The societal message which Peele is endeavouring to impart to us becomes clearer when a family of four doppelgangers appear on the drive to the family’s house later that same evening. One forced home invasion later and Adelaide’s family are at the mercy of the nimble look-a-likes. When asked who they are, Adelaide’s double Red (the only one among them who can speak) simply replies that ‘We’re Americans.’ She then proceeds to relay a story – her own narrative – which is the very antithesis of Adelaide’s relatively happy existence – ‘Once upon a time, there was a girl and the girl had a shadow.’ Further exposition – which comes later in the film – reveals how a vast network of doppelgangers have lived below the surface for several generations. Red vaguely references an attempt by the powers-that-be to control the public as the reason for this. The doppelgangers mimic the actions of their doubles in the surface world, but are bereft of the powers of communication with the exception of Red who is their apparent leader. Peele’s 2017 directorial debut Get Out had a social commentary as one of its several thematic undercurrents and the plight of the tethered (as the doppelgangers are called here) can be read as that of the oppressed and downtrodden in American society. The earlier Hands Across America allusion is a clever one on Peele’s part and his character Red has a similar plan in mind with respect to the doppelganger’s overarching scheme to occupy space and capture material possessions above ground. In one telling scene a double admires herself lovingly in the mirror as she applies lipstick. The message on Peele’s part is clear in this moment as it is throughout the film. The impoverished have risen up, but what will they do with their newly-attained status? Will ultimate good follow in the wake of such an uprising? Will the perennially deprived ones right the wrongs of the past? The narrative trajectory of Us suggests that this and other such wishful eventualities seem entirely unlikely given the level of bloodshed which takes place during the course of the rather macabre revolution.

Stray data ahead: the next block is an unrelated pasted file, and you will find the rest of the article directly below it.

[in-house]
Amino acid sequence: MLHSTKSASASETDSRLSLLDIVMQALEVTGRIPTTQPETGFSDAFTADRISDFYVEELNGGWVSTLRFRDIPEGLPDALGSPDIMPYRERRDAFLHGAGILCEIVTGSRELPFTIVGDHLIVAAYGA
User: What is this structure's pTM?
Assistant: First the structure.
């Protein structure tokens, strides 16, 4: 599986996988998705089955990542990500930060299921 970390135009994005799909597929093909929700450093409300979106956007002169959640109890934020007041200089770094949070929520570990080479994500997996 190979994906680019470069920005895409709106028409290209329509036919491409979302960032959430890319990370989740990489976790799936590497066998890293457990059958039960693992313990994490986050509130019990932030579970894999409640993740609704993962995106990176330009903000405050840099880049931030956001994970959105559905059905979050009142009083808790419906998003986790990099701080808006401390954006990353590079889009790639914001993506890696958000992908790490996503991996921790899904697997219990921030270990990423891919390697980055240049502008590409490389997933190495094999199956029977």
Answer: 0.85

As with the excellent Get Out, Peele has chosen his cast members well and displayed a keen eye for cultural and cinematic references. Lupita Nyong’o unsurprisingly is a standout as Adelaide/Red and she is more than ably supported by the aforementioned Duke and Moss. Shahadi Wright Joseph and Evan Alex are both excellent as the robust kids and newcomer Madison Curry also leaves an impression as the young Adelaide. Peele – who won the Academy Award for Best Original Screenplay for Get Out – is on scripting duties here once again and Us never fails to hold the attention. The sly humour and gripping tension are handled with great aplomb by Peele and admirers of his previous Get Out will be pleased to know that his second feature is not just another example of diminishing returns. Although a psychological horror in the main, Us cannot be simply classified as thus in the same way that Get Out also defied such genre pigeonholing. And as for the much-talked-about ending, viewers will have to make up their own individual minds as to the plausibility of this. In any event, a film of this type which engenders discussion long after the final frame is a very good thing in this day and age. Us is such a film and it scores high with respect to its cast, direction, storyline and abiding sense of ambience and context. Peele’s second feature is well worth the admission price and I, for one, can’t wait to see what he delivers next.